Yup, Dr. Benny´s right! Follow the rules and you will most likely get away with nothing. Break the rules and you will have to deal with them, all day! If they can´t get any money from you, they will call ahead to their buddies and you will be harrassed all day, eventually giving in. Also, if you can turn off your headlight, it amplifies the fact that you are a foreigner. This does not apply for Colombia thou where you are required to have a headlight. Laminate coppies af all your docs. They really hate this but quickly realise your smarter than they are. When they say its a copy, just repeat that its all you have, they will eventually give up. In the end, drive the posted speed limit, don´t pass on a double yellow and don´t ride like an idiot through the towns and you should be okay. Enjoy the ride!
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  #6  
Old 1 Mar 2010
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To the OP: I did that route in the other direction several months (in other words, a lifetime) ago and had no particular problems. Entering and leaving Honduras was easy, and there were no police stops. As far as I remember, there was a dirt section between Esperanza and Gracias, but I could be remembering someplace else--they all start to fade into one massive episode of "fin de pavimento." The rest of the route was straightforward, including transiting Tegucigalpa during rush hour (to my surprise). The pavement in Honduras is remarkably thin, therefore highly prone to potholes even when brand new, so try to stay alert.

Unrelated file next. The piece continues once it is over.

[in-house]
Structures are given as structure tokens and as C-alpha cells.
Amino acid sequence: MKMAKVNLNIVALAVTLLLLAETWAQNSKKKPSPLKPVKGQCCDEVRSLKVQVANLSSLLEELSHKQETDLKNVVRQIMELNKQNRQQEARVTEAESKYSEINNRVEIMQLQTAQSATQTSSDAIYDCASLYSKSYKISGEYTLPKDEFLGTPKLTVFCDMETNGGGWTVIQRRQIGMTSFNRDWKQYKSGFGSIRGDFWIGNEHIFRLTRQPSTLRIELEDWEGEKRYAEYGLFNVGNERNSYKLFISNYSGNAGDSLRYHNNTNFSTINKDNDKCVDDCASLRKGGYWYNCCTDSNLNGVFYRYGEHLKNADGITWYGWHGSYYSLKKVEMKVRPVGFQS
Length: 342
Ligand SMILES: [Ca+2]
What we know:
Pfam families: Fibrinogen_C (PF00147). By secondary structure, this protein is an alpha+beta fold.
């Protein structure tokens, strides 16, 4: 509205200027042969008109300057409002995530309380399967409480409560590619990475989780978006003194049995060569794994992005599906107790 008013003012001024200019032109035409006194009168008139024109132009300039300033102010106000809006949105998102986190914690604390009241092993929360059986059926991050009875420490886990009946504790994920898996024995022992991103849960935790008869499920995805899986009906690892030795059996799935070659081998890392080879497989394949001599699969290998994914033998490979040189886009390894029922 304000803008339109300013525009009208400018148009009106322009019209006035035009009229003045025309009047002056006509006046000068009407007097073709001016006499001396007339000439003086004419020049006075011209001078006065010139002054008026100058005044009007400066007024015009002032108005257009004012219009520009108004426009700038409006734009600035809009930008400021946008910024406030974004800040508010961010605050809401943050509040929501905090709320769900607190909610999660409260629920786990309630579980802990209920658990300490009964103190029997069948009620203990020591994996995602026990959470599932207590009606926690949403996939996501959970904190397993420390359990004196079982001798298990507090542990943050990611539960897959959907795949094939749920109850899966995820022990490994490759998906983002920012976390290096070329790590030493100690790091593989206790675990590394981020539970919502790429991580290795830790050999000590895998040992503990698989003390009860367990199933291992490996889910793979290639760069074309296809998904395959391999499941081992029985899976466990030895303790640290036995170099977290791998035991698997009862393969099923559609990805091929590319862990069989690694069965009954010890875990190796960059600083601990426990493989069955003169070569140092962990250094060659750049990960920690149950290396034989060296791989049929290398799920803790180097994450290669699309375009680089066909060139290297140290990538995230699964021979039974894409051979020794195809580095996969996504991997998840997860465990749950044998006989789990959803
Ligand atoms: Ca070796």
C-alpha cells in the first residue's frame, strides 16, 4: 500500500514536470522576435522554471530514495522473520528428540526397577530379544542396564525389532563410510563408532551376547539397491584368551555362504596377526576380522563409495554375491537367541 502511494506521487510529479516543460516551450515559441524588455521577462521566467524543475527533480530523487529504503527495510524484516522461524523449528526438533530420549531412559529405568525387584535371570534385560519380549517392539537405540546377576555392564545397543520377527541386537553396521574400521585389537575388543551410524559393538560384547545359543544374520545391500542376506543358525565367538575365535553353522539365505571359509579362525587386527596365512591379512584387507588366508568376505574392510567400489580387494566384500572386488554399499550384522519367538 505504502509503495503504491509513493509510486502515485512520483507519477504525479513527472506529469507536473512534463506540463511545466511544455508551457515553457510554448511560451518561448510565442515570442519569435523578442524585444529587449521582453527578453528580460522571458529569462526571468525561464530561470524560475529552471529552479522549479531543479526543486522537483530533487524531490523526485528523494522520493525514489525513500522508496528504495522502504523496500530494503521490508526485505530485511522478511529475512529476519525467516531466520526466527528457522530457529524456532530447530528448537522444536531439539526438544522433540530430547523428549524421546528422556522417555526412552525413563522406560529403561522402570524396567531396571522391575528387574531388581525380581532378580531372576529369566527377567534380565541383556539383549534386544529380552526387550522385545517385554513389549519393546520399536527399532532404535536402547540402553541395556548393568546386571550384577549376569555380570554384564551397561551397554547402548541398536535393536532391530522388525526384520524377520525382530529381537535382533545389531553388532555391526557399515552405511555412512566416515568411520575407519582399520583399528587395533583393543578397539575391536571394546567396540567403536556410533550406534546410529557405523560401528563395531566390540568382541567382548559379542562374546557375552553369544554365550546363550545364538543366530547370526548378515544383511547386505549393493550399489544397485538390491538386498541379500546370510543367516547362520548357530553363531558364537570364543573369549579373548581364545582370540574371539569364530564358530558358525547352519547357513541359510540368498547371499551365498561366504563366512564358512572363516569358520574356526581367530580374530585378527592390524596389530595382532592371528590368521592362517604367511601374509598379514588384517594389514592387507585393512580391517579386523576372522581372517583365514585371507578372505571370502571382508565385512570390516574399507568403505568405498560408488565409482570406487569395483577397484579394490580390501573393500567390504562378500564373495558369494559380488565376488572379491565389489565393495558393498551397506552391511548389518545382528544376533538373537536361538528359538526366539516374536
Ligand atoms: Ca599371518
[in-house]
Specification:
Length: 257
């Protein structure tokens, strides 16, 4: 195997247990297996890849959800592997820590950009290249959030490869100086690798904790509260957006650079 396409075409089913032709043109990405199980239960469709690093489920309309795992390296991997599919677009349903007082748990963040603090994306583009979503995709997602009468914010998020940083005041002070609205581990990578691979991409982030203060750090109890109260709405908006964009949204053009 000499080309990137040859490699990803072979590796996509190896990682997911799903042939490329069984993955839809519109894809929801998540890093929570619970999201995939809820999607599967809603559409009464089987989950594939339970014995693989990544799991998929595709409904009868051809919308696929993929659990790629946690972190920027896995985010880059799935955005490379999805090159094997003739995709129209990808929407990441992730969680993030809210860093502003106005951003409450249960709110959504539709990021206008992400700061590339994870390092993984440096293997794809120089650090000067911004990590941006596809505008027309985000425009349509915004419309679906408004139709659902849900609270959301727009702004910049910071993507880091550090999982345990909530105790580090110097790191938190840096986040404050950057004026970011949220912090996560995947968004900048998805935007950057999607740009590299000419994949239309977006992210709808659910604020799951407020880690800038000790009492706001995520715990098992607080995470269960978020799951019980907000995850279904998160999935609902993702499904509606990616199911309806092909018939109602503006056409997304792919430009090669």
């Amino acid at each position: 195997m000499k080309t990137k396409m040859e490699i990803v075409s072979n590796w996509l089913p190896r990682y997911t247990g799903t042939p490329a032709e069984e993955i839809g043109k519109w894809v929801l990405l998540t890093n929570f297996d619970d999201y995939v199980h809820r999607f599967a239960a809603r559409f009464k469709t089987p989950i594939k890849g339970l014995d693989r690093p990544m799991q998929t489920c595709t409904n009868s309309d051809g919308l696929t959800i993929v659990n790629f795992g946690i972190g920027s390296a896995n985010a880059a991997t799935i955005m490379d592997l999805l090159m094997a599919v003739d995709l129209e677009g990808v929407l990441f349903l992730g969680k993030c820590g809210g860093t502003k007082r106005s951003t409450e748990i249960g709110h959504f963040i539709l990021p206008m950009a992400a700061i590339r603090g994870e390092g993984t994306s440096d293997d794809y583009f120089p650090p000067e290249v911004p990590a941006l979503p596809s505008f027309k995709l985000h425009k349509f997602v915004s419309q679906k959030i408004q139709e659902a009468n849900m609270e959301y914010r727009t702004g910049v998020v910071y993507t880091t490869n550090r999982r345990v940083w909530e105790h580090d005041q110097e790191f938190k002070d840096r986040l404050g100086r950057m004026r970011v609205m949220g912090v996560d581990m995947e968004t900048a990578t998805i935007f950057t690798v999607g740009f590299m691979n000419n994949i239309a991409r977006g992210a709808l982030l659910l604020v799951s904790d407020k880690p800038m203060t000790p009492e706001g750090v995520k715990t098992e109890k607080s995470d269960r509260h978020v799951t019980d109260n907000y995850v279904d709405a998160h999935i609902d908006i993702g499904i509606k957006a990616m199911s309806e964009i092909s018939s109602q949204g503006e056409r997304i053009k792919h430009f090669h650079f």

Hope that helps.

Mark

(from Coihaique Chile, where there is no trace of any sort of earthquake damage or shortage)
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  #7  
Old 1 Mar 2010
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Hi Mark, good to see you missed out on the earthquake, I am back in Oz and readying the bike for the run across the paddock

Cheers
TS
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  #8  
Old 8 Mar 2010
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We crossed through Honduras yesterday and were stopped 3 or 4 times. Only once did things get a little "complicated". At first it appeared as a routine checkpoint (just past a stop sign) with several vehicles being checked until the police officer signaled us to pull over with what seemed to be over-enthusiastic body language. Those who have ridden Central-America will know what I am talking about. A typical tactic to try and get you rattled on the get go.

So we pull over and the officer asks us very politely where we are going and for our papers. We responded in good spanish and handed over our temporary permit and my real drivers license (my second mistake, the first was to speak spanish). Once he had my license in his hands his demeanor immediately changed and he demanded to see our reflectors. I pointed to the small reflective tape all over our bike knowing full well he wanted to see those little triangles that cars must carry (but not bikes). He started talking about paying a 20$ fine at which point we suddenly could no longer speak spanish. This seemed to piss him and his 2 friends off to no end. Especially when we spoke rapid fire french to him simultaneously for the better part of 3 or 4 minutes non-stop.

So they switched tactic and tried some intimidation. Once of the officers put on one of the gloves I had taken off, made a fist and then took a few slow pretend jabs towards my head with a big grin on his face (like he was boxing). Nice.